Talking Bananas: An Interview with Lynn Hunter

Daniel Wren

Lynne Hunter plays Vanessa in Banana. Here she speaks about working with Russell T Davies and starring in the hit show.

How did you end up landing the role of Vanessa? Had you worked with Russell before?

Yes. I did a series ten years ago of Russell’s called Mine, All Mine. It was about Swansea, really, which is where Russell’s from. It was an eight or 10-part series, and I met him then, and we became friends, in a way.

And when I went up for the part of Vanessa in Banana and Cucumber, I went to meet the director, David, and the producer, Matt, and I spoke to Russell afterwards and he said that he’d actually written episode eight of Banana for me.

I was incredibly moved by that, really – it’s a massive, massive honour and privilege to have someone like Russell actually writing an episode for me. I was blown away by that. I didn’t know any of this when I went up for it, but I found out afterwards.

Explain a little bit about Vanessa. What’s her story?

On the surface she’s a really tough cookie. She’s worked hard, she’s built up her own business, she’s brought up a daughter on her own. She’s always known she’s gay, she had her daughter knowing that.

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But while she’s a tough cookie on the face of it, she’s a real salt-of-the-earth woman. If Vanessa was your mate, you’d be well-covered. She’s really there for you if she’s your friend. That’s why she can’t turn her back on people who need her help, as we discover in her episode.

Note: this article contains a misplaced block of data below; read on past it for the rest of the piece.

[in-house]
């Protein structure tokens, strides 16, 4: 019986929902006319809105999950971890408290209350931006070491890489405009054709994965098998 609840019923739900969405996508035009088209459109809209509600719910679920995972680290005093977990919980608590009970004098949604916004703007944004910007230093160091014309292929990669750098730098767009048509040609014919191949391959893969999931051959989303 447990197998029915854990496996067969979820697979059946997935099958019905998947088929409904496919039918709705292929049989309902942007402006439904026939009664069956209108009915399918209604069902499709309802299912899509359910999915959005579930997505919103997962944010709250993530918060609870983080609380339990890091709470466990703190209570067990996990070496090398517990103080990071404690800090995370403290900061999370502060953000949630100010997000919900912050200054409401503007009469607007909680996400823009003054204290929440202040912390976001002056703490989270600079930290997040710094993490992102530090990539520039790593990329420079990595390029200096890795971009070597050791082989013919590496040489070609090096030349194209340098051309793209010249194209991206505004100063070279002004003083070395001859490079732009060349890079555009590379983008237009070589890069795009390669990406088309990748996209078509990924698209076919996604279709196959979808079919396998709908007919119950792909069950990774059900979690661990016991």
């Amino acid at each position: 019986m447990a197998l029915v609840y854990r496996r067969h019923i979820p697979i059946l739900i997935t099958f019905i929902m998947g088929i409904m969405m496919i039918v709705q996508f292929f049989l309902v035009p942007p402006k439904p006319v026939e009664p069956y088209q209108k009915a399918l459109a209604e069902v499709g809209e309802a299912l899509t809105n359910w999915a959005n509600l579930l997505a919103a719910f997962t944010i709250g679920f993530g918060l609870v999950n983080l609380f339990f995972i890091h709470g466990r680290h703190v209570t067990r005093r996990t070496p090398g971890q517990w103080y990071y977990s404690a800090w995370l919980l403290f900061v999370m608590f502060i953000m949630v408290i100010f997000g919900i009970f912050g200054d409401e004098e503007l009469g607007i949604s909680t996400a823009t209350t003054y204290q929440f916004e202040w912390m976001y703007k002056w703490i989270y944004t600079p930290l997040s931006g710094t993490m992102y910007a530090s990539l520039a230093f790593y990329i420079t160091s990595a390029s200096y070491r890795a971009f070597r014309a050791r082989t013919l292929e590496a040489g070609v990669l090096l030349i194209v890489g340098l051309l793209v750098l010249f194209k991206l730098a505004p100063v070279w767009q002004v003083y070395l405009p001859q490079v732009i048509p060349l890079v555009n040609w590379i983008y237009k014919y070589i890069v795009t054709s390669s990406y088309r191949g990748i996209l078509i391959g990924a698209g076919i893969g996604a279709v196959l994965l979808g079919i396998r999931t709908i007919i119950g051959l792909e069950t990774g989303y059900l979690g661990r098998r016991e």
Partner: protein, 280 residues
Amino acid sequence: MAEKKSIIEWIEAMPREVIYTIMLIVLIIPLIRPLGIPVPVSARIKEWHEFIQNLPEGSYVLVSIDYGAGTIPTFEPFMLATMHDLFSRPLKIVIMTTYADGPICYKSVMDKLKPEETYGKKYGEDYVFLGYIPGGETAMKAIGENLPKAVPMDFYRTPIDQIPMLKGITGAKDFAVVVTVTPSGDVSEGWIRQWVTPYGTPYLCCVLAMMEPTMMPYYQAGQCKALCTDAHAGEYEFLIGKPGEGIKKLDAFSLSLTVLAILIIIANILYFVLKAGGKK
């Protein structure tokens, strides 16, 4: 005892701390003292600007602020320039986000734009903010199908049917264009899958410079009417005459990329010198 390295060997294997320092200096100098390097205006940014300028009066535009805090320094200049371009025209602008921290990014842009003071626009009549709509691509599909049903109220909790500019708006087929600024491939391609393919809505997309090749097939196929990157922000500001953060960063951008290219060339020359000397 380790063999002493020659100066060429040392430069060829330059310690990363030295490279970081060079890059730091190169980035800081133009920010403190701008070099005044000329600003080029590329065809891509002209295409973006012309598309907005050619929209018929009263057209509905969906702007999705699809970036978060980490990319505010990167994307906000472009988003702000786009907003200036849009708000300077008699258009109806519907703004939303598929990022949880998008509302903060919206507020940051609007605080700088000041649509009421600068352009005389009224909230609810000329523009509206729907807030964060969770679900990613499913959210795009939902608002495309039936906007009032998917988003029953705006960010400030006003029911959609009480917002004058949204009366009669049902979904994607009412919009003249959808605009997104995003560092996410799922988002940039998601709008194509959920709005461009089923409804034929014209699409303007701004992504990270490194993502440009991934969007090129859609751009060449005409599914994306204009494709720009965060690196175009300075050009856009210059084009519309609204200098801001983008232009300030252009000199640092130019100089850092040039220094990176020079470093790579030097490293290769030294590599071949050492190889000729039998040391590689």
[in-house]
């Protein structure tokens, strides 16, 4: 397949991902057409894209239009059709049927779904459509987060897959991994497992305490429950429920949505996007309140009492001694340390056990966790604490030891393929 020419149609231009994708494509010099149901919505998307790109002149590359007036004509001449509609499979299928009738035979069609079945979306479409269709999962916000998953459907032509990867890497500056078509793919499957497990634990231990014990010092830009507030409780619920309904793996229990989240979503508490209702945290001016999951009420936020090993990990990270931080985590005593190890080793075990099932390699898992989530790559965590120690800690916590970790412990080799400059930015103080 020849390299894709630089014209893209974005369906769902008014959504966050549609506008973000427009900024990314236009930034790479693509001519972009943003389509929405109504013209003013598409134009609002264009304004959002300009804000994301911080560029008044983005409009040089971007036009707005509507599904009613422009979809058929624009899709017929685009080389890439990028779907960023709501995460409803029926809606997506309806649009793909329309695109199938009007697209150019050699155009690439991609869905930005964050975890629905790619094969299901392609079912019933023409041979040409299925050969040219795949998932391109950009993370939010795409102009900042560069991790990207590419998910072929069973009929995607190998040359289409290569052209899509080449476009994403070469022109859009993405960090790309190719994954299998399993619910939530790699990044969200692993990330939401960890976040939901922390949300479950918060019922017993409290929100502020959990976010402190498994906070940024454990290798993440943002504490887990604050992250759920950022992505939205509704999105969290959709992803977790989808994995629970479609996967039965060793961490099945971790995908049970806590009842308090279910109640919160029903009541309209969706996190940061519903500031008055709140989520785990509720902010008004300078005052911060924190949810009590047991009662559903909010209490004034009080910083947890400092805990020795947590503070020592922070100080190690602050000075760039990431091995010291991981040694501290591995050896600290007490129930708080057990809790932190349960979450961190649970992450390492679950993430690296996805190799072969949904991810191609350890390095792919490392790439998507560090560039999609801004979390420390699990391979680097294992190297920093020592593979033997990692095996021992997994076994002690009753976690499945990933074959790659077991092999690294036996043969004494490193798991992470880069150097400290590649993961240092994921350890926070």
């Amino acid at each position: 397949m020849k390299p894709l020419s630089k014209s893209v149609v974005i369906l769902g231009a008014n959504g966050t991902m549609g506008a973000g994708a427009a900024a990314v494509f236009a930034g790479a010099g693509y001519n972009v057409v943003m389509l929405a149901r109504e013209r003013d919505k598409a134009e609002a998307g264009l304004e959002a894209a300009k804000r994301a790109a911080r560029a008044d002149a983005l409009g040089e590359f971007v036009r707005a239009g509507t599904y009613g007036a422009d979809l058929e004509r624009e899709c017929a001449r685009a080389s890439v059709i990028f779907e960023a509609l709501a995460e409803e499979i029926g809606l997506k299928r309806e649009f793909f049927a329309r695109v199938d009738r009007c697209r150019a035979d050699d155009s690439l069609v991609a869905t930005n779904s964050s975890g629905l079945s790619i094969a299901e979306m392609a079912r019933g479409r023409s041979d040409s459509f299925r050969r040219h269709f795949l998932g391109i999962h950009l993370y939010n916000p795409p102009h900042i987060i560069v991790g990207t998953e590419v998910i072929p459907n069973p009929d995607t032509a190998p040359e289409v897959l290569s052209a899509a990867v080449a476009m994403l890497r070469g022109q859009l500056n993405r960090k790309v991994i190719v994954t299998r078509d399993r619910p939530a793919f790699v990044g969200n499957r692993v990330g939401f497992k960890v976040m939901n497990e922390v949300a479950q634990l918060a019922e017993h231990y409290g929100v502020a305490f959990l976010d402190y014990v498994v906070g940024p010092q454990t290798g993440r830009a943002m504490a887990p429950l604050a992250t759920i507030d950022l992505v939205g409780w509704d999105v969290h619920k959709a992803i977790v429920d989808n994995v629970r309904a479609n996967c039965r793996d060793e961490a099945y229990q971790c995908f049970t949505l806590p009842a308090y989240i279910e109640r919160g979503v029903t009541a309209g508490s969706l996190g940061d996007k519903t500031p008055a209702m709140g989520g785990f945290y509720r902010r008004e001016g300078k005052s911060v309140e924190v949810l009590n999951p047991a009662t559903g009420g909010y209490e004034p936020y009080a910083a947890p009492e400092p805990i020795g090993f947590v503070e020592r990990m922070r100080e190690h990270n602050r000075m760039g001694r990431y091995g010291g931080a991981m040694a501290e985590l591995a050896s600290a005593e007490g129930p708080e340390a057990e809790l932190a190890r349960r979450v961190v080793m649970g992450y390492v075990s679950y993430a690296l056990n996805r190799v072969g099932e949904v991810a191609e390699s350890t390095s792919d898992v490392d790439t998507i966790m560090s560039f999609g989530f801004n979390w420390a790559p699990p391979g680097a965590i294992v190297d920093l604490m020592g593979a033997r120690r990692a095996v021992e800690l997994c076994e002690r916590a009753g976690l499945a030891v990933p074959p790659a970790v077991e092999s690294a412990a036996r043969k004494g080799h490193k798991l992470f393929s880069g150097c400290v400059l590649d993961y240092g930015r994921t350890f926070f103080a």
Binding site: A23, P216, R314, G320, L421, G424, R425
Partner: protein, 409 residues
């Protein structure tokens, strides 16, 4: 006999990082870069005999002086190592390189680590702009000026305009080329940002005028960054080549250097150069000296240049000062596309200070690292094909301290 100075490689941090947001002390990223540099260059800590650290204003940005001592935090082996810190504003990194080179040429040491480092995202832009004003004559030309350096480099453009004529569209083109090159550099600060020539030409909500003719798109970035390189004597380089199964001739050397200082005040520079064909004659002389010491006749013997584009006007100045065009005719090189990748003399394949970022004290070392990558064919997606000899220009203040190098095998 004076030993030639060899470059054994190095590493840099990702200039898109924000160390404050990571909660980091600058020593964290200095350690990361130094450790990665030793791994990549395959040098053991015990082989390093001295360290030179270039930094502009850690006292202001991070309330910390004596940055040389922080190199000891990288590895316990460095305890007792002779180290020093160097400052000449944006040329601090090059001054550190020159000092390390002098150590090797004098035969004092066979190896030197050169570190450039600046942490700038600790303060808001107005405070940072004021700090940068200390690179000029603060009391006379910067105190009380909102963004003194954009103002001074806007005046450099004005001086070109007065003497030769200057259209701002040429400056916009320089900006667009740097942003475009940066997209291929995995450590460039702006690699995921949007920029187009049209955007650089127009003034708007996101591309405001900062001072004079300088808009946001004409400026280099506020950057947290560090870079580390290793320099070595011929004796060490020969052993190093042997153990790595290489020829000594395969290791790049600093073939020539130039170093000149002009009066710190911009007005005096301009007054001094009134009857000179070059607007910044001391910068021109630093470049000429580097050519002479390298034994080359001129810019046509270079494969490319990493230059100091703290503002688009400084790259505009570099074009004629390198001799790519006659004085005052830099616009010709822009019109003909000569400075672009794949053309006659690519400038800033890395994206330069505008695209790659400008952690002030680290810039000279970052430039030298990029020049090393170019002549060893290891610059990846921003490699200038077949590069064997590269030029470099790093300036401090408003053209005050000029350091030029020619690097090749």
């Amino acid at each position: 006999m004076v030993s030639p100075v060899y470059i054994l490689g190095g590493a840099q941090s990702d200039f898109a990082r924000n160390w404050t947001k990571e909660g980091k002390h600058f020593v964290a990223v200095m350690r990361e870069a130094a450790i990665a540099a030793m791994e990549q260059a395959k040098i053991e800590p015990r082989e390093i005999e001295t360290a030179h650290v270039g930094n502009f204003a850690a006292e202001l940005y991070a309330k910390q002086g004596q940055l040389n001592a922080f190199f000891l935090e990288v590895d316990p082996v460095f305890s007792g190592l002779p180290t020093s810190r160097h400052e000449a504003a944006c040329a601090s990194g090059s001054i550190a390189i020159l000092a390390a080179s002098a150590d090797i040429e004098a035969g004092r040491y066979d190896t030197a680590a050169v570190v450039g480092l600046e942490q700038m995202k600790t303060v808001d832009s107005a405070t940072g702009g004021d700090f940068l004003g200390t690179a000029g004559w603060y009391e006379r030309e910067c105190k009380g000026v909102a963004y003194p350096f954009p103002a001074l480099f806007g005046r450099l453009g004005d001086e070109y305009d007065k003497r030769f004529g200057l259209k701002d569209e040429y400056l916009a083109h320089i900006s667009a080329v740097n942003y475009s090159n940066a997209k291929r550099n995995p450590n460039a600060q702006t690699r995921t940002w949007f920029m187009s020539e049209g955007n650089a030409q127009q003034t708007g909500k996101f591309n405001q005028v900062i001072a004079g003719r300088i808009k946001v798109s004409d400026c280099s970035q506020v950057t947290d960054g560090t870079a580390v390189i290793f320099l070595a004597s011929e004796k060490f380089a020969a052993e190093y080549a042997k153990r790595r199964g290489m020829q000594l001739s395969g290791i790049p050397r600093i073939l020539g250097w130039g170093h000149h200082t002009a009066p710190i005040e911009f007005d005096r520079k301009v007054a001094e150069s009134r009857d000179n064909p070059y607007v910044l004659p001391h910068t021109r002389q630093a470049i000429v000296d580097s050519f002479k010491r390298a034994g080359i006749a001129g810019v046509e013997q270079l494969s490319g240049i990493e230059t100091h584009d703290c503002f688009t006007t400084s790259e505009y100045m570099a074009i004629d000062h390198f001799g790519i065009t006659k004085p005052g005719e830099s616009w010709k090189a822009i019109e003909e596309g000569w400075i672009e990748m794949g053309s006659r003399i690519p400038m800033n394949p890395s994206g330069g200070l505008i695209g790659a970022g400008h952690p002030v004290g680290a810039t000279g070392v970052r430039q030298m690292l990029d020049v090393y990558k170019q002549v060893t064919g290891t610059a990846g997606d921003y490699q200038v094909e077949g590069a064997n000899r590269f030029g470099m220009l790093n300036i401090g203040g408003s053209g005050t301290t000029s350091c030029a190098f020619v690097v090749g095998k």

She’s very much a woman who wants to make people’s lives better. She’s an incredibly caring woman. And she’s also got a secret that’s been eating away at her for many years. And she only tells the girl in the episode because she knows she can’t understand a word of what she’s saying. Vanessa lifts the lid and it all comes pouring out, years and years of this guilt that she’s lived with.

You mentioned that the other character in the episode doesn’t speak English. That must have been quite a bizarre acting experience.

Yes, it was. Strangely enough, I made a conscious decision not to find out what it was she was saying. They offered me the chance to have a translation of her script, and I said, ‘No, I don’t.’

Vanessa doesn’t understand what she’s saying, so it was good for me to be in the same situation. I had no idea what she was saying. That made it really difficult to learn cues, for example. But it was really helpful not to have the translation.

Apparently some of what she is saying makes the scene very funny, because I totally misinterpret what she says. Apparently it’ll be a very funny scene for the tiny minority of people who speak both English and Yoruba. To this day I’ve not read the translation, so I’ve no idea what she said.

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How does it feel to have someone like Russell come along and write a whole episode for you? Where does that stand, for you, in the grand scheme of your career?

In the 35 years of my career, no one has ever invested that amount of faith in me as a performer. I am totally overwhelmed and humbled by that. I don’t have the words to say to Russell what this means to me. I’ve tried to tell him.

When I got the script originally, I could not believe it. It’s virtually a monologue. I’ve done a lot of television in my time, but never anything as big as this. Even in the big series’, the very well-known actors rarely get that amount of exposure or airtime.

When I got the script, it was totally terrifying. With that level of faith invested in me comes a level of responsibility.

The finale of Banana hits screens on 12 March, 10pm, E4.

About Daniel Wren

Vada Magazine staff writer. Interested in travel, news, politics and dating.